4-H Livestock Experience Truly Eye-Opening

A 4-H livestock experience proves to be a bit more involved than first anticipated.


| September/October 2010



Halter Training a Calf

Trying to halter-break my steer was quite a chore. The Fordson tractor even took a turn or two.

Illustration by Wayne Stroot

If you live in a rural community or a small town, there’s a good chance you or your children have been involved in 4-H. Maybe you’re even one of the 3,500-plus volunteers across the country who helps lead a local 4-H club. If so, thanks for all you do.

Today, more than 6.5 million young folks from farms, towns and cities participate in 4-H, making it the largest non-school youth organization in the nation. The perfect answer to “there’s nothing to do,” 4-H clubs give youngsters a hands-on opportunity to learn about science and engineering, nutrition and community service, public speaking, photography, and even rocketry and GPS mapping.

Of course, I’d never heard of any of those programs back when I was growing up in rural Nebraska. In my day, joining the local 4-H club meant raising and entering a calf, lamb or pig in the county fair. Or, in my wife’s case, her 4-H club taught her about gardening and flower arranging.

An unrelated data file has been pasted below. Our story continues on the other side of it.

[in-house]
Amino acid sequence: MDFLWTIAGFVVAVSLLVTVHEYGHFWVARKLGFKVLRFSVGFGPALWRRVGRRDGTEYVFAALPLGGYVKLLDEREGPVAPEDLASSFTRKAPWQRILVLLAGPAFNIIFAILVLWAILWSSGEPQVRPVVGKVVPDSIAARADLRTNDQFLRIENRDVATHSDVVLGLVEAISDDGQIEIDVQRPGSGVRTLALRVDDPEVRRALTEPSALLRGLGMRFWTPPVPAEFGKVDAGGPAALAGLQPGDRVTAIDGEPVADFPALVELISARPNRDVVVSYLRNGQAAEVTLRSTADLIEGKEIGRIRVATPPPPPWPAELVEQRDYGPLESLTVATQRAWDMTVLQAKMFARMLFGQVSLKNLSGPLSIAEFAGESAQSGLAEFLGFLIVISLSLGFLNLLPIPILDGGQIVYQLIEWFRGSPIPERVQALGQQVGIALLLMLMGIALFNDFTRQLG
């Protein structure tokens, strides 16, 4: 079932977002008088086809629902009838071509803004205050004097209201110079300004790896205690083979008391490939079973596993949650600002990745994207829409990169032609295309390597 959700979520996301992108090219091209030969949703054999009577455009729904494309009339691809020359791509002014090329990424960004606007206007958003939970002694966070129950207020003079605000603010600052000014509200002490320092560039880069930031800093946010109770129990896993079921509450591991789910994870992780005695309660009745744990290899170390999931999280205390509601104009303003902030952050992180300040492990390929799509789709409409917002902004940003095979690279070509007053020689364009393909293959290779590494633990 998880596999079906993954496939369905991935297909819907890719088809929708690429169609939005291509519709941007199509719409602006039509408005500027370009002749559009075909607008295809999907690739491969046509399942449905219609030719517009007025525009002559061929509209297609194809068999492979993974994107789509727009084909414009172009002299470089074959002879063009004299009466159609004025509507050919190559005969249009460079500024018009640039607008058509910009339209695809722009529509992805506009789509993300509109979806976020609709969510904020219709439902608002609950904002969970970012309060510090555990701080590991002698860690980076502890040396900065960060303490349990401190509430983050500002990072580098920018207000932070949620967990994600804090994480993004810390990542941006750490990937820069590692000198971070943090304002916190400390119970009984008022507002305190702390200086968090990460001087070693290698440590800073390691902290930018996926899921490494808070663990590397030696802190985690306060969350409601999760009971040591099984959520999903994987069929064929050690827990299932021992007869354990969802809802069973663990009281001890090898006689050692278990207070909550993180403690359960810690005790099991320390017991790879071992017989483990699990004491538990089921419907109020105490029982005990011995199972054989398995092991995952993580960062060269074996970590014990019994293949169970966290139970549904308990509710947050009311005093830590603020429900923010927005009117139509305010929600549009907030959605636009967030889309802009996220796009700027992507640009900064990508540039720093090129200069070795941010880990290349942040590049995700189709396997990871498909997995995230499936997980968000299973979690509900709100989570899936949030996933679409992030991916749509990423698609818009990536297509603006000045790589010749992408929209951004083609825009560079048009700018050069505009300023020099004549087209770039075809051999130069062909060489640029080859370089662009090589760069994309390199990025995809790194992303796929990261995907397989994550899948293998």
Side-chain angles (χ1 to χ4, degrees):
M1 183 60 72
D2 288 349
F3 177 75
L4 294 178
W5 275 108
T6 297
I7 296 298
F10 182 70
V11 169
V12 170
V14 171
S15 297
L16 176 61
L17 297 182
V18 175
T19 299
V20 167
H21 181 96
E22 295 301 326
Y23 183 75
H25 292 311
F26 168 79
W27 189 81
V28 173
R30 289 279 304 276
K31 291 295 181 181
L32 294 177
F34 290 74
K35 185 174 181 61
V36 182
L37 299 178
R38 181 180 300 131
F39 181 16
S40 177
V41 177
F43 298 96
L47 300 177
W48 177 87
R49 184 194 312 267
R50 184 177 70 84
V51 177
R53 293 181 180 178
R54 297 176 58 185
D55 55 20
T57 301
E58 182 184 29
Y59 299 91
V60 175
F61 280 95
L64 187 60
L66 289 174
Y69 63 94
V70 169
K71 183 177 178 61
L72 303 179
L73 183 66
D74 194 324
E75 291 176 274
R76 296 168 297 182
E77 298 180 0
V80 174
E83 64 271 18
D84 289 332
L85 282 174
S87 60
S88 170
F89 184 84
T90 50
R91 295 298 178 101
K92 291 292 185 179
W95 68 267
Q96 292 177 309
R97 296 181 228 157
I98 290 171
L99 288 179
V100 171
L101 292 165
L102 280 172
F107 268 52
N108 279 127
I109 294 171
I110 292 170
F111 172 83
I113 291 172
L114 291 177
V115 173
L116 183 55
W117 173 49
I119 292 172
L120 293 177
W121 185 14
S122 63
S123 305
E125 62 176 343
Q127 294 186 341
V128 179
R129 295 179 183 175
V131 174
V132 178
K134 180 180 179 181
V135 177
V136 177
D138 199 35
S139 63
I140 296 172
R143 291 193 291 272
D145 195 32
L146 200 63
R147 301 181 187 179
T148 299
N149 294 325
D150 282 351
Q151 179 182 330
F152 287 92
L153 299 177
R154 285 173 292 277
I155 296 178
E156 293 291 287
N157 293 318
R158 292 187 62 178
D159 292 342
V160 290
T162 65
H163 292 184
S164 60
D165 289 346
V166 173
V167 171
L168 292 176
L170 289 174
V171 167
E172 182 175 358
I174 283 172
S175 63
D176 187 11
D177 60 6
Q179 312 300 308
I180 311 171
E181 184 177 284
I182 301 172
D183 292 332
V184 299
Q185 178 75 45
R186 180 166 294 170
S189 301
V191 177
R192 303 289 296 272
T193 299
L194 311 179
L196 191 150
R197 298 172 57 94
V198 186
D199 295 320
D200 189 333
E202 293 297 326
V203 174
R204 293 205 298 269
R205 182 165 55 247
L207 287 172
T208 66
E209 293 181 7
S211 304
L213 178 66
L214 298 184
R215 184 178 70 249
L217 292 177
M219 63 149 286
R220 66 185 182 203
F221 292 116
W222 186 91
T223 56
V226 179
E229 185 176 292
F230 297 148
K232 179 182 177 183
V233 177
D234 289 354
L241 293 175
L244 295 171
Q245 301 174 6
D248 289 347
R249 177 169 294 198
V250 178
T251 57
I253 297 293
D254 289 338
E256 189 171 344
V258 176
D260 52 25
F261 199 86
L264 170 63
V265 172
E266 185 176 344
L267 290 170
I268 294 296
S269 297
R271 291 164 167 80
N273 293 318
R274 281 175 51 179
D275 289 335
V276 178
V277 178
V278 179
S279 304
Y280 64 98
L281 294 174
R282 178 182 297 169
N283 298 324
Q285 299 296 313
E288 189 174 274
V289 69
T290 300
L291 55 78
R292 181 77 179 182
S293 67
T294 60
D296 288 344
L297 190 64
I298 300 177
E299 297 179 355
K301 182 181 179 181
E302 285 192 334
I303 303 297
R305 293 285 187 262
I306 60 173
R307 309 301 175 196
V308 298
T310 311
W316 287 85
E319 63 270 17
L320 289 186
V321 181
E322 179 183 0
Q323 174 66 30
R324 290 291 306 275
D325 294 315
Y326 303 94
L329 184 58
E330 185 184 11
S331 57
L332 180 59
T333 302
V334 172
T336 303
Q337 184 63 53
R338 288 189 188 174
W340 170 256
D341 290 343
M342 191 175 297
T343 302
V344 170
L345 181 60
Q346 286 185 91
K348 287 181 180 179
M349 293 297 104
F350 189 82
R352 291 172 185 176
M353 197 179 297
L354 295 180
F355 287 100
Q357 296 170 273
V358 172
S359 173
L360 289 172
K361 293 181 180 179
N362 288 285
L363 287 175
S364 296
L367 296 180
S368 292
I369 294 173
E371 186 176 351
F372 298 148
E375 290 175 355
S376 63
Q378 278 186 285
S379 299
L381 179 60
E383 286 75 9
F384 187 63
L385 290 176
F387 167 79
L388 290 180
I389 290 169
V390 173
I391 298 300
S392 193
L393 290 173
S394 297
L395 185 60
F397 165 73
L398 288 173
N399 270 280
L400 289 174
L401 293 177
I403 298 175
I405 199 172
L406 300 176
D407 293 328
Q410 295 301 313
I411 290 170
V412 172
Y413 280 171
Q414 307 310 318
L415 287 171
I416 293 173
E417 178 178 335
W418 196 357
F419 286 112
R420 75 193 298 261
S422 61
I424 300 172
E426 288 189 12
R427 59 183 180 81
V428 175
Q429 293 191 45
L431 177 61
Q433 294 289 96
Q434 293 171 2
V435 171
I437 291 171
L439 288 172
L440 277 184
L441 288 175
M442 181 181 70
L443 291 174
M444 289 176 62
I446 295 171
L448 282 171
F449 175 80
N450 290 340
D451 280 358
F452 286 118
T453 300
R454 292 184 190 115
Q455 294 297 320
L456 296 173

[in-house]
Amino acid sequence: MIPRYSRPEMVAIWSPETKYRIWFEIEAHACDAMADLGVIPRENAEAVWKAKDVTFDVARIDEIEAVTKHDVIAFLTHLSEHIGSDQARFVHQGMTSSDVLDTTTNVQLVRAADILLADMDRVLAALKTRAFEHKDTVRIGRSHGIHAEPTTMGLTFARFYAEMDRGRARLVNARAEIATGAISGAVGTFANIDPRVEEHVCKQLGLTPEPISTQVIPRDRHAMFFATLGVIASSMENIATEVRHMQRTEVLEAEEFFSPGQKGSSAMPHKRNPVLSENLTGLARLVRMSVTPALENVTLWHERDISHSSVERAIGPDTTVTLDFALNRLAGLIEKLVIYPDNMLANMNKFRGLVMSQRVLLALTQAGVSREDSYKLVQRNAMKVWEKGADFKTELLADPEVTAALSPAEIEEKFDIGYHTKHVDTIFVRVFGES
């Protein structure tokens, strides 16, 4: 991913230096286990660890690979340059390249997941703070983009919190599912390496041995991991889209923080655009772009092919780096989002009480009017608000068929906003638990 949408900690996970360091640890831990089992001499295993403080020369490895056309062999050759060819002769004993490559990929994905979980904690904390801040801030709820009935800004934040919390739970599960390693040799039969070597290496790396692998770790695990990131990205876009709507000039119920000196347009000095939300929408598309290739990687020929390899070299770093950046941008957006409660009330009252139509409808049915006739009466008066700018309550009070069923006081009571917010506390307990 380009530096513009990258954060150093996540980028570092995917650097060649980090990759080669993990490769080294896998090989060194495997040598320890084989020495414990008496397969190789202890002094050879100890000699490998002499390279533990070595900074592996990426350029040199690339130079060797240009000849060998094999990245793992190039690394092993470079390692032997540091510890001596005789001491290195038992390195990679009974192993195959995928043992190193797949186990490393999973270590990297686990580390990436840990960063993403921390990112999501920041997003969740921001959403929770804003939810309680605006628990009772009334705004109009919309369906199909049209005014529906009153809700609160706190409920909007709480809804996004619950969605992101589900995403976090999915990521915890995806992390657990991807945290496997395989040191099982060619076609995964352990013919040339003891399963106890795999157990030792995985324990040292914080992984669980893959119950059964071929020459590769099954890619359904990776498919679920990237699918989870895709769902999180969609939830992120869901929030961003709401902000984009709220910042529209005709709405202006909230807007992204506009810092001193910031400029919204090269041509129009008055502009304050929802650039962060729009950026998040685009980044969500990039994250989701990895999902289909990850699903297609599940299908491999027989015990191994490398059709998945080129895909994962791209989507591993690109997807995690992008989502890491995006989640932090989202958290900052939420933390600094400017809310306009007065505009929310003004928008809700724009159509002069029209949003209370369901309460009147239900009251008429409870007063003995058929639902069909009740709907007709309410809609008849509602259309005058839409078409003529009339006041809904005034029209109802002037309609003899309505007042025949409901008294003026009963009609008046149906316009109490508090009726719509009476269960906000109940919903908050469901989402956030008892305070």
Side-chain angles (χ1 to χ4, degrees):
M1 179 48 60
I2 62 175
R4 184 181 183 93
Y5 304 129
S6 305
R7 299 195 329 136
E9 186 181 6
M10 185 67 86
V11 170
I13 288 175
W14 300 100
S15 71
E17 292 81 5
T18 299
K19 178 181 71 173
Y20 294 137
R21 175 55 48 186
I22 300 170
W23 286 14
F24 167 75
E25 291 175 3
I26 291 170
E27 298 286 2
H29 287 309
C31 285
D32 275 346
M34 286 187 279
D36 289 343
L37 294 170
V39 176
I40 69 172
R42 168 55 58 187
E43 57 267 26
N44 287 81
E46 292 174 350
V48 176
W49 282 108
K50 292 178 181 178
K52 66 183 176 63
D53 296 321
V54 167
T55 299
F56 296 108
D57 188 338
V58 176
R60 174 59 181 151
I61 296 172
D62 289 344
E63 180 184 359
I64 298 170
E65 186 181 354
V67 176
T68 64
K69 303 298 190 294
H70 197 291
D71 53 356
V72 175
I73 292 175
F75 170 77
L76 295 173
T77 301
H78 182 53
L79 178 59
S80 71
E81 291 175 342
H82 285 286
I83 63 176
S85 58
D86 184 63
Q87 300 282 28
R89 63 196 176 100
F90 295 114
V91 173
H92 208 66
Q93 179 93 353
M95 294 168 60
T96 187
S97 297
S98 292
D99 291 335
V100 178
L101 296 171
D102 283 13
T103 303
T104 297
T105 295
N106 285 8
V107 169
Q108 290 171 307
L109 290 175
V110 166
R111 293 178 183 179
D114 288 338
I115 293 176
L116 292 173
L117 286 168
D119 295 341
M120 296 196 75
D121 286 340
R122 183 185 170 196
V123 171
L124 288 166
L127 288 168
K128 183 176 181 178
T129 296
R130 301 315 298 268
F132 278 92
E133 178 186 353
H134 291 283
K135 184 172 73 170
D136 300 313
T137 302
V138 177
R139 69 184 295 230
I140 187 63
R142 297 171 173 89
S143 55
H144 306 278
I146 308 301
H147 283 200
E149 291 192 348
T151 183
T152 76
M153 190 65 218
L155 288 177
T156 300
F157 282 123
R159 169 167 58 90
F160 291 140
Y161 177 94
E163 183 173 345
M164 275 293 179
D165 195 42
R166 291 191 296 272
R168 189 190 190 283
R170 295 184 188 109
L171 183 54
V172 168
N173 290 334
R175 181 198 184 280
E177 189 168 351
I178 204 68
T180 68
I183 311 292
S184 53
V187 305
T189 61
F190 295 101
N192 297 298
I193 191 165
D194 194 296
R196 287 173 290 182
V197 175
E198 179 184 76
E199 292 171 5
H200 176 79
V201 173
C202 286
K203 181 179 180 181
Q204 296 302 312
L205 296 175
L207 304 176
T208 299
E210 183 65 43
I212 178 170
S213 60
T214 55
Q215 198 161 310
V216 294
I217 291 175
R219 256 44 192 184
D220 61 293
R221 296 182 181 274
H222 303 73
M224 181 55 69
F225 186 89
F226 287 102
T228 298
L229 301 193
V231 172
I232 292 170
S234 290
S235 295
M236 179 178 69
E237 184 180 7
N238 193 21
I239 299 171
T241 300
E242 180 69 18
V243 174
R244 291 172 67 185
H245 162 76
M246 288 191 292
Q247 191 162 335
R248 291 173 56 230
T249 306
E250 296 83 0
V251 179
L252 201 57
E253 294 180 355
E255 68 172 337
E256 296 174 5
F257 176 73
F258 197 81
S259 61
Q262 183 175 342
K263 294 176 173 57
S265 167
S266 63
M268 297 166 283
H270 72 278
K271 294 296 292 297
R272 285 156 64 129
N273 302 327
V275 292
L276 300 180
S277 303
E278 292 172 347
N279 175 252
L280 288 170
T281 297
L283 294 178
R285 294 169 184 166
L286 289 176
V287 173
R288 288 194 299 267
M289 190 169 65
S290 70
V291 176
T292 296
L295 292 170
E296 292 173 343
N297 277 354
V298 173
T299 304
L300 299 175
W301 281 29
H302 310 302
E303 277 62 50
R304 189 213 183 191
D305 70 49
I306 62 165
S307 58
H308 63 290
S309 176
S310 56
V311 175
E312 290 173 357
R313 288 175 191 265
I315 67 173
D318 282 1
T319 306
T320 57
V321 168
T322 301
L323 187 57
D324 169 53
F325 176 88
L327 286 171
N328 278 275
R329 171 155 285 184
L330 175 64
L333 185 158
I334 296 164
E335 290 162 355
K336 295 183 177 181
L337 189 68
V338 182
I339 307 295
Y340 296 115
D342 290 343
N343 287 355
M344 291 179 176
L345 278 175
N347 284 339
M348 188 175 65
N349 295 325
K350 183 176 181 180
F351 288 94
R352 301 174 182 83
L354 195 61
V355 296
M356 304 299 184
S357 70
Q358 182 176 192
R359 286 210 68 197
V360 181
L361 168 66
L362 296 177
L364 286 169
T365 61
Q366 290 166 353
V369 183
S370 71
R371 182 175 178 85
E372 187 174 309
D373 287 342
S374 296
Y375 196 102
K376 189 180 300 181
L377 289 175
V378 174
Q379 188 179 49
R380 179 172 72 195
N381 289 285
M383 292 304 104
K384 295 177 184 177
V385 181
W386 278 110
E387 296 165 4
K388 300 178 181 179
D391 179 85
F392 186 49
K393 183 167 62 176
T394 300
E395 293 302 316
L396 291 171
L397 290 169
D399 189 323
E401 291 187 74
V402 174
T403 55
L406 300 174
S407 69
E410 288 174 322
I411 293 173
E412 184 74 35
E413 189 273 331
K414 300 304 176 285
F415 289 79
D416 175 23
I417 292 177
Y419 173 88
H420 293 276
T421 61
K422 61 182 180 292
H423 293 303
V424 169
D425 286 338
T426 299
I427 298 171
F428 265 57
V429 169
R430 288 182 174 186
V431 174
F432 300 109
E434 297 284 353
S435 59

My first 4-H project was a docile little Suffolk lamb, followed the next year by a Duroc pig. As I
recall, neither of them won ribbons at the county fair, but I did learn a little about trying to train a pig to behave in the show ring. As I remember it, he didn’t.

My third year as a 4-H member, I moved into the big leagues when my dad decided I was old enough to raise and train a calf. Together, Dad and I drove out to a ranch in eastern Wyoming, where we picked out a stocky little Angus steer for my 4-H project. Turns out, it was the beginning of my undoing.

That black calf was gentle enough. He’d gladly come forward for a carefully measured bucket of grain and stand quietly while I scratched behind his ears. He’d even let me bathe him with a bucket of water and a scrub brush. The problem seemed to arise when I tried to halter-break him.





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